World health leaders want WHO funding model to be improved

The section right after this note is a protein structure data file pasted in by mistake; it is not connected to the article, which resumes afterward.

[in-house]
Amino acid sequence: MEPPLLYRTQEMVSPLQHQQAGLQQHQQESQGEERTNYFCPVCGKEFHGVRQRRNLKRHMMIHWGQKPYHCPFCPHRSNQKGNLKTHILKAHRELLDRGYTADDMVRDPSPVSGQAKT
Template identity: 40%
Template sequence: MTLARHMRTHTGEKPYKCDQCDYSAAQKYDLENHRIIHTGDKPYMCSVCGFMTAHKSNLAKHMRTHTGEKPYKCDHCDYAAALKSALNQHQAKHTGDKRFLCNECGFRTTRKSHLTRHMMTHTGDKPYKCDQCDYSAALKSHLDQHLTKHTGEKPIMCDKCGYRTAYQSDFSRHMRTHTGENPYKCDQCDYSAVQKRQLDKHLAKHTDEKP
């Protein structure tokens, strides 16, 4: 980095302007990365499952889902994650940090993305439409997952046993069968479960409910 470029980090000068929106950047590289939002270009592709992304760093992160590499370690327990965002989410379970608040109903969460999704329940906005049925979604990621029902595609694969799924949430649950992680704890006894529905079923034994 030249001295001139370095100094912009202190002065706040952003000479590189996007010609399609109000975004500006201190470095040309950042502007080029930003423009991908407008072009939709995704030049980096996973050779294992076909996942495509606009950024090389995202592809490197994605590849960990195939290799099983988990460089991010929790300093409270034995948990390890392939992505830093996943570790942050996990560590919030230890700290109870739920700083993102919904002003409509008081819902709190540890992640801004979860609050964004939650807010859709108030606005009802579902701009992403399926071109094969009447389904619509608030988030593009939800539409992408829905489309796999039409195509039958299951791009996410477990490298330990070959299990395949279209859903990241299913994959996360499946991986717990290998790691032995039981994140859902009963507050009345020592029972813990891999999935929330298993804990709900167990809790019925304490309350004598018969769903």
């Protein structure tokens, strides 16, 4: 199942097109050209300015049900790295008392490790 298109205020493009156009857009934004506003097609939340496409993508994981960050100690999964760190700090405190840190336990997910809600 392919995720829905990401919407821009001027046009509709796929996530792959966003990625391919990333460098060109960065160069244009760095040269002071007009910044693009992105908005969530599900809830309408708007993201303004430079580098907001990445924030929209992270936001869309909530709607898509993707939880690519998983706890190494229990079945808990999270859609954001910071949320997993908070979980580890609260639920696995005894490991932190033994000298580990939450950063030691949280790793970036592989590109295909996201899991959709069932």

Increased and sustainable health financing for the World Health Organization (WHO) is an important tool needed if the world is to achieve Sustainable Development Goal 3 (SDG) by 2030. Goal 3 stands for “good health and well-being”, and is one of the key elements among the 17 SDGs. The consensus was reached at a strategic round table during the second day of the 75th World Health Assembly (WHA) currently being held in Geneva, Switzerland. The session, which is thematic; “Healthy Return: Investing in a Sustainable Financing WHO” aims to address the issue of investing in the World Health Organization (WHO), a health body that plays a unique role in global health affairs. WHO supports member states in taking action on health issues through leadership, technical product development and support to countries. Namibian Minister of Health and Social Services Kalumbi Shangula, who was one of the panelists, said that the mission of leaders must be to provide integrated, affordable, accessible health and social welfare services of inequitable quality. He said that these respond to the needs of the population. Mr. Shangula said that this is in line with universal health coverage and also with target number 3.8 of the SDGs. He said the WHO has contributed to “strengthening a policy environment to improve the delivery of quality health services to people, including a reduction in the prevalence of infectious diseases.” “It has also helped Namibia deal with disease outbreaks and health emergencies over the years, including polio,” he said. However, he said that increased and sustainable funding is very important, especially with the increase in world population growth. He said that the world will also face the emergence of new diseases, saying that COVID-19 is one of them. “Now that requires increasing the scope of work of the WHO, and indeed, to carry out all these activities well, adequate human resources are needed,” he said. Shangula said that the current funding model for the WHO is not very appropriate. “And so we need to go back to the drawing board to see what we can find that will make the WHO work the way that member states would like it to work,” he said. Invest in WHO New Zealand Health Minister Andrew Little said it is beneficial to invest sustainably in the WHO as a means of strengthening the broader multilateral system, which he noted is a global health priority for New Zealand. “As member states with diverse interests and priorities, we all bring different perspectives on what it means to invest sustainably in the WHO and strengthen the multilateral system,” he said. Mr. Little said that WHO must be adequately and sustainably funded to effectively carry out its responsibilities. “Putting WHO on a more stable financial footing ultimately benefits us all and represents greater ownership for member states.” This means ensuring that the quality and quantity of our investments match WHO’s expectations, he said. He said this will also ensure that the health needs of member states are recognized and addressed in partnership with the WHO secretariat at national, regional and global levels. Mr. Little said that at the country level, a sustainably funded and strengthened WHO provides the technical guidance that supports member states’ national responses to health problems and crises. He said that WHO’s technical processes foster health-to-health cooperation among member states and the sharing of knowledge among them. “This helps develop our respective national toolkits to address emerging health challenges, including, of course, those related to COVID.” He also said that it is vitally important that the WHO is funded to provide health equity and the promotion of health and well-being at the regional and sub-regional levels. flexible financing In her remarks, WHO Regional Director for Africa Matshidiso Moeti said flexible funding will allow WHO to address the preparedness needs of countries’ health systems. She said: “For flexibility in HIV funding, diabetes is here to screen for a range of conditions, which we don’t do at all in our very weak primary health care systems in the African region. “I think we could achieve huge flexibilities, efficiencies and have a much more integrated way of supporting our health systems in developing countries because I think it’s not just in terms of how WHO organizes us, deploys these resources in a region, that in Regions with enormous and multifaceted challenges like Africa”. He thanked member states for reopening the debate and told the working group that the results will be important for noncommunicable diseases (NCDs). WHO Director-General Tedros Ghebreyesus said the event is historic, especially for addressing significant changes in health financing. Mr. Ghebreyesus applauded member states for their contributions to bringing about meaningful change in WHO funding. He said the transparency and accountability issues raised will be addressed. In his remarks, Bjorn Kummel, chair of the WHA’s working group on sustainable finance, said the finance challenge has been considered one of the historic challenges for the world body. READ ALSO: WHA75: WHO recounts successes in war against HIV, malaria, other diseases Kummel said one of the starting points the board created the task force for “is this huge discrepancy between what member states expect from the WHO in a crisis like the pandemic and with respect to the SDGs.” He said recommendations will be made to enable the WHO to play the role that everyone expects it to play in practice: to be the well-positioned and well-funded leading and coordinating authority on global health. He said that the recommendation is about substantially increasing the assessed contributions. Assessed contributions are the fees that countries pay to become members of the organization. The amount that each member state must pay is calculated in relation to the country’s wealth and population. “We came to an agreement that we would focus on reaching an aspiration of 50 percent of the base budget, which is pretty much the core mandate of WHO, funded through assessed contributions,” he said. Mr. Kümmel said that this will last for six to eight years, to provide WHO with the core funding it needs to play its role. About WHA The WHA is the highest decision-making body of the World Health Organization (WHO). The main function of the assembly is to determine the policies of the organization, appoint the Director General, supervise financial policies and review and approve the proposed program budget. Annually, delegations from around the world converge to discuss specific health agendas prepared by the executive board. The event, which is also open to associate members, observers, invited representatives of the United Nations and other participating intergovernmental organizations and non-state actors, takes place in Geneva. This is the first physical health assembly since the start of the COVID-19 pandemic. Last year, the event was held virtually to deal with the realities of the pandemic that began in late 2019. The motto of the 2022 health assembly is “Health for peace, peace for health”. The high-level event is scheduled to take place from May 22 to 28, 2022. Read More Related News Here Let here it in the comment below if you do have an opinion on this; World health leaders want WHO funding model to be improved